GOLD RECORD = 500,000 units sold multiplied by $1.13 = $565,000. Looks like a nice chunk of loot, huh? Watch this: Now the label recoups what they’ve spent: the cost to make the record, independent promotion, 1/2 the video costs, some tour support, all those limo rides, all those out of town trips for the artists and their friends, etc.
-$300,000 recoupable stuff (recording costs, etc)
Still sounds OK? Watch… Now, half of the $265,000 stays “in reserve” (accounting for returned items from retail stores) for 2 to 4 years depending on the length specified in the recording contract. So the $100,000 advance is actually subtracted from $132,500 (the other $132,500 is in reserves for 2 years). Now, there’s also the artist’s manager, who is entitled to 20% of all of the entertainment income, which would be 20% of $265,000, or $53,000. Remember, the artist is the last to get paid, so even the manager gets paid before the artist. The attorney is entitled to 10% of the upfront value of the deal, which in this case was $200,000, so the lawyer made $20,000 the day the contract was signed (which the label paid directly), which the artist pays back now out of royalties.
So the artists are in debt to the label yet their album went Gold, and they are experiencing some pretty good fame and perceived success. Unless they are making money in other areas (shows, mostly) they are completely broke. In two years when the reserves are liquidated, IF they’ve recouped, they will each receive another $44,166. IF they’ve recouped. Guess who keeps track of all of this accounting? The label. Most contracts are “cross-collateralized,” which means when the artist does not recoup on the first album, the money will be paid back out of the second album. Also, if the money is not recouped on the second album, repayment can come out of the “in reserve” funds from the first album, if the funds have not already been liquidated.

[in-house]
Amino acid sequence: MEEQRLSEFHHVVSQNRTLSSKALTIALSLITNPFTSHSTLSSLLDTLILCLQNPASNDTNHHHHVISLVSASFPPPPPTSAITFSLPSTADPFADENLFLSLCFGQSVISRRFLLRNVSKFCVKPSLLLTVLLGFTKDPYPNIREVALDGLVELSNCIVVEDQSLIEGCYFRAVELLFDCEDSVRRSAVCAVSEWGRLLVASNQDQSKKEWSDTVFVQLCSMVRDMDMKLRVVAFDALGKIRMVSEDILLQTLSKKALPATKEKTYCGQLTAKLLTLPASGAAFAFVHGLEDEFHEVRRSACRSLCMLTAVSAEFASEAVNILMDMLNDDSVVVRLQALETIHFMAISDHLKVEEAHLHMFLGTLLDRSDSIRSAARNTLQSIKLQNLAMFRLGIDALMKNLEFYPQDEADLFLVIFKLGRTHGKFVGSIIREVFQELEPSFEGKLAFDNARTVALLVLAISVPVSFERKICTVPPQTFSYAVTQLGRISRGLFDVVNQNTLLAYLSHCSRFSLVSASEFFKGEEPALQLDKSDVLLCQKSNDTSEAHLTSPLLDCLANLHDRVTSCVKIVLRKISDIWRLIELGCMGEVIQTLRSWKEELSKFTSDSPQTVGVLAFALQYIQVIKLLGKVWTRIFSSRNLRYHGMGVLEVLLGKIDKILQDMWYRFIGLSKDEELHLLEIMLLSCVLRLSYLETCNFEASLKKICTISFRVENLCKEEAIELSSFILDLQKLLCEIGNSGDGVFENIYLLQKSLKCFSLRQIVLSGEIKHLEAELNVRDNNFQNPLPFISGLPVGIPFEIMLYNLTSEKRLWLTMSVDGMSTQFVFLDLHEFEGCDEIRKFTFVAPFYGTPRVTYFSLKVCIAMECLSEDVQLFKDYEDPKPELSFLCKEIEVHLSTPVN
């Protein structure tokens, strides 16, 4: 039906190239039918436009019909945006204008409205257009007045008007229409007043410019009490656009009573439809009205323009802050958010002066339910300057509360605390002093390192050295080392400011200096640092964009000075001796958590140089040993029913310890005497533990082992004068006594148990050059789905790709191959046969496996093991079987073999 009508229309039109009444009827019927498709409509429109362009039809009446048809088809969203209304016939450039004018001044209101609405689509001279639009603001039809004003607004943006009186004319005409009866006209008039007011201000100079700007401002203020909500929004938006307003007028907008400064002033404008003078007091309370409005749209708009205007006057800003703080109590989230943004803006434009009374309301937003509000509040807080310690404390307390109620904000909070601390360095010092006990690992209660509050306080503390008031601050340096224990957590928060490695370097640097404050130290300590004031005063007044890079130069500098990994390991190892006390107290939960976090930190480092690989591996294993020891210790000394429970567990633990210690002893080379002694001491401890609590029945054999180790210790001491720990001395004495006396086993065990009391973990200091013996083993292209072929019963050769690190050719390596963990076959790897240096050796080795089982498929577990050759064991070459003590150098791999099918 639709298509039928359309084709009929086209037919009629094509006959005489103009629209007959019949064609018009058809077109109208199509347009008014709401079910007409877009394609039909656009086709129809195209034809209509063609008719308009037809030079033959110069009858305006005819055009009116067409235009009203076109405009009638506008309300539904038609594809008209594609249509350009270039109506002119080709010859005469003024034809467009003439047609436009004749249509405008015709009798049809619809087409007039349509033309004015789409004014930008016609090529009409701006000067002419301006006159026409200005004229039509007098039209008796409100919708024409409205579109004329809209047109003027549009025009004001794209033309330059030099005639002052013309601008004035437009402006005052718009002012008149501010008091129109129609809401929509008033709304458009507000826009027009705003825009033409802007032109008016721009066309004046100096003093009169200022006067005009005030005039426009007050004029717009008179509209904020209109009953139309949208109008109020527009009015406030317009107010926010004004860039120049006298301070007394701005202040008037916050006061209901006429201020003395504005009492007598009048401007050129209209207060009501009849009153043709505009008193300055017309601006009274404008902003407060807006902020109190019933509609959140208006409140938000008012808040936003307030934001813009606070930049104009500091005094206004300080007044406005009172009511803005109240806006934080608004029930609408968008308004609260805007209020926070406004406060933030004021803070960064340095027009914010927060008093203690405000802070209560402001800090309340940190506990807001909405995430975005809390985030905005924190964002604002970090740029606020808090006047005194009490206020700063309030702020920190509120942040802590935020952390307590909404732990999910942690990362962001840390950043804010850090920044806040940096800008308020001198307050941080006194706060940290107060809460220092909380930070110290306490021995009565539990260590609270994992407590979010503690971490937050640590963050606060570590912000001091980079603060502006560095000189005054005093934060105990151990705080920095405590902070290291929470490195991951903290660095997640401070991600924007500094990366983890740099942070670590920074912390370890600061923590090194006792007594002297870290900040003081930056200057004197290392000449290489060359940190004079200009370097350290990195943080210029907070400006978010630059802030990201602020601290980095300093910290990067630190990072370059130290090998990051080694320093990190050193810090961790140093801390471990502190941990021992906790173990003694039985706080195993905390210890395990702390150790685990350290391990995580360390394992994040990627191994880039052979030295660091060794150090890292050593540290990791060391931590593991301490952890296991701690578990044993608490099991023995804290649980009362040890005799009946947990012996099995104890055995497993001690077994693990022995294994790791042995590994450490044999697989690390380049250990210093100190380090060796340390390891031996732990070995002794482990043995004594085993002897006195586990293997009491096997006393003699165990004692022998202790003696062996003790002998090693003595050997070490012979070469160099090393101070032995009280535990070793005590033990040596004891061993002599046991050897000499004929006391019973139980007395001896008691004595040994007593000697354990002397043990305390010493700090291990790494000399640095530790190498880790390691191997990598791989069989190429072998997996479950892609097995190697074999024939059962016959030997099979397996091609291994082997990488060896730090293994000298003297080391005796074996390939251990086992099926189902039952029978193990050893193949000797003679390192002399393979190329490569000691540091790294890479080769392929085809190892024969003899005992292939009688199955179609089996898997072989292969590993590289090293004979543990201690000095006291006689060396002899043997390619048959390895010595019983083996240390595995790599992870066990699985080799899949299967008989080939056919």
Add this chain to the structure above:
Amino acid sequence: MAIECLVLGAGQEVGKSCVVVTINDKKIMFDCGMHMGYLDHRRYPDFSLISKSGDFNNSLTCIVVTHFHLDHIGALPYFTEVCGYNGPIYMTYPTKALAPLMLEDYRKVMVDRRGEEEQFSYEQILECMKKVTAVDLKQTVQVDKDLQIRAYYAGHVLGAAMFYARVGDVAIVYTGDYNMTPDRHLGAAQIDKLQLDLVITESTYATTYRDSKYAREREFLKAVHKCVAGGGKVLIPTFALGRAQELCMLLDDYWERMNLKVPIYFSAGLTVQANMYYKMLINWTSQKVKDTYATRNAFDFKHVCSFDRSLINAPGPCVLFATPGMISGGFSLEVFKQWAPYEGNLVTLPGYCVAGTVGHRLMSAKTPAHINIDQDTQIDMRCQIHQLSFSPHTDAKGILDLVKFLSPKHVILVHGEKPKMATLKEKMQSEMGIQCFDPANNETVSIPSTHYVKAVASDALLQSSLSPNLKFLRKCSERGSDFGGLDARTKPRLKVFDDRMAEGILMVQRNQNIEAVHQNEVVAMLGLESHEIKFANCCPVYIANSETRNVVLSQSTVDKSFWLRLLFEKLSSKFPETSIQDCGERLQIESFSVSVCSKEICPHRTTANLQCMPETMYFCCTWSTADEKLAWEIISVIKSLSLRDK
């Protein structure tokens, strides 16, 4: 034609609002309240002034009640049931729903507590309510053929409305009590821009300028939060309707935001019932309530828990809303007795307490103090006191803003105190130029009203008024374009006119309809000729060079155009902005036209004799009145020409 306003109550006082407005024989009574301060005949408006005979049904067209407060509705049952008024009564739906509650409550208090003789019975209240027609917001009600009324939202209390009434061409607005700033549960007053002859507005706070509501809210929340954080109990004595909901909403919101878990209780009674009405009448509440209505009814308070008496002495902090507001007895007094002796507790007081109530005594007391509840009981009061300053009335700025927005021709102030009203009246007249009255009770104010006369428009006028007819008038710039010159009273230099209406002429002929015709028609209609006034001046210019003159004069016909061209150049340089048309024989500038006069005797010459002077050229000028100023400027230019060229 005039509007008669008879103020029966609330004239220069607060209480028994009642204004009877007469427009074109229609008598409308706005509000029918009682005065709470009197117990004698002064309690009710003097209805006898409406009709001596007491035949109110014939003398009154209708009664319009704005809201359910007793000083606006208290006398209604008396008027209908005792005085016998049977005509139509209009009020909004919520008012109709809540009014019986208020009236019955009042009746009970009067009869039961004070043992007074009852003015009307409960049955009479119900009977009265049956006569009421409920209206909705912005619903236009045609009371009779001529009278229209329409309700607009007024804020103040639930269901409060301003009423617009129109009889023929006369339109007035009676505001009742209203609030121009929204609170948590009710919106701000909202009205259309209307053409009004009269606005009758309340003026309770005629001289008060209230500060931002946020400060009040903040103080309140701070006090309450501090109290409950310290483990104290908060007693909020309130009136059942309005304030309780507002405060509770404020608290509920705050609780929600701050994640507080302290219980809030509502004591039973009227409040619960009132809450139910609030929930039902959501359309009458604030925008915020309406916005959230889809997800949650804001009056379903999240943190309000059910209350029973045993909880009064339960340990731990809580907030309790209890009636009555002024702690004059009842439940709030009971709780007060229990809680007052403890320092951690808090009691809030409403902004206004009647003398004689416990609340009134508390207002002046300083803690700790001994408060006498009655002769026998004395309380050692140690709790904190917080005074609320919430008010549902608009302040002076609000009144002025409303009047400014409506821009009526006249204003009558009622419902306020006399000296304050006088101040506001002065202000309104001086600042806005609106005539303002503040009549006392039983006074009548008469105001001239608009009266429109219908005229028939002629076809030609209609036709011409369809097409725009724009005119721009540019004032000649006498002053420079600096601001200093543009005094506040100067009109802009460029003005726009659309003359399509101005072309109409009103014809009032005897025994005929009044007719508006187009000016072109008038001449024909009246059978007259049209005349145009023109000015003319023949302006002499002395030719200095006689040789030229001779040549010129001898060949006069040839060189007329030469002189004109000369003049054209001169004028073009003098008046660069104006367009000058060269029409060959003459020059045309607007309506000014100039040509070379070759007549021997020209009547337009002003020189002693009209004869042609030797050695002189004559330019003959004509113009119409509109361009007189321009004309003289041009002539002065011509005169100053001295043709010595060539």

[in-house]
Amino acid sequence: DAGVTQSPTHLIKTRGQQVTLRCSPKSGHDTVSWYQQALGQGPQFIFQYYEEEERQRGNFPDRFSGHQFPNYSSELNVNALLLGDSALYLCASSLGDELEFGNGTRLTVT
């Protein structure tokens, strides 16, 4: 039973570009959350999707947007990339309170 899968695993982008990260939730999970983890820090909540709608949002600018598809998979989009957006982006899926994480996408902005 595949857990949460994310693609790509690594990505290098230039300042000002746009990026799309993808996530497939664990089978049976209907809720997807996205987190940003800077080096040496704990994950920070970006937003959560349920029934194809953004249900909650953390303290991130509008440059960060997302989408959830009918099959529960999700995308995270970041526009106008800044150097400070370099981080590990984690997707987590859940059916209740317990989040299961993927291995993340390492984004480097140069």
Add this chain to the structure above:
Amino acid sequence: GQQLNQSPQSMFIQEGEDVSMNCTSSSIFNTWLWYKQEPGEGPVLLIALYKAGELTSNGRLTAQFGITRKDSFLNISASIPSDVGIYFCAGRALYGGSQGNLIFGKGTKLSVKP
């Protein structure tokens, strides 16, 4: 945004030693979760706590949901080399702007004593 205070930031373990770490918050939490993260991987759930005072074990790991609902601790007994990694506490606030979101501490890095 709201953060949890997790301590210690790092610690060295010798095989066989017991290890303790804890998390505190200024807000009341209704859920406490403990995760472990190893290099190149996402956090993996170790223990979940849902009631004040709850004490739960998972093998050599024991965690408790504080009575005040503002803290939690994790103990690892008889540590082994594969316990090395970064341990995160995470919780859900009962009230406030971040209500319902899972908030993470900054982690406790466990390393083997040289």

Even if all the reserves are paid in our example, each artist only actually made 6 cents per unit. The label made and/or recouped about $8 per unit. This example also doesn’t include any additional production costs for an outside producer to come in and/or do a re-mix, and you know how often that happens.
So each artist in this group has received a total of about $26,000 (pretty much just the initial advance, less the manager’s cut). After legal expenses and costs of new clothing to wear on stage while touring, etc, each artist has made so little before paying taxes (which the artist is responsible for– remember Kool Moe Dee?). Let’s look at the time line now. Let’s assume the artists had no jobs when they started this. They spent 4 months putting their demo tape together and getting the tracks just right. They spent another 6 months to a year getting to know who all of the players are in the rap music industry and building a local buzz while shopping their demo. After signing to a label, it took another 8 months to make an album and to get through all of the label’s bureaucracy. When the first single dropped, the group went into promotion mode and traveled all over promoting the single at radio, retail, concerts, and publications for free–unless they had a radio hit as their single, in which case they began getting some show money for about half or a third of the dates they performed. This was another six months. The record label decided to push three singles off the album so it was another year before they got back into the studio to make album Number Two. This scenario has been a total of 36 months. Each member of the group made $70,000 for a three year investment of time, which averages out to a little over $23,000 per year. In corporate America, that works out to be $11 per hour (before taxes).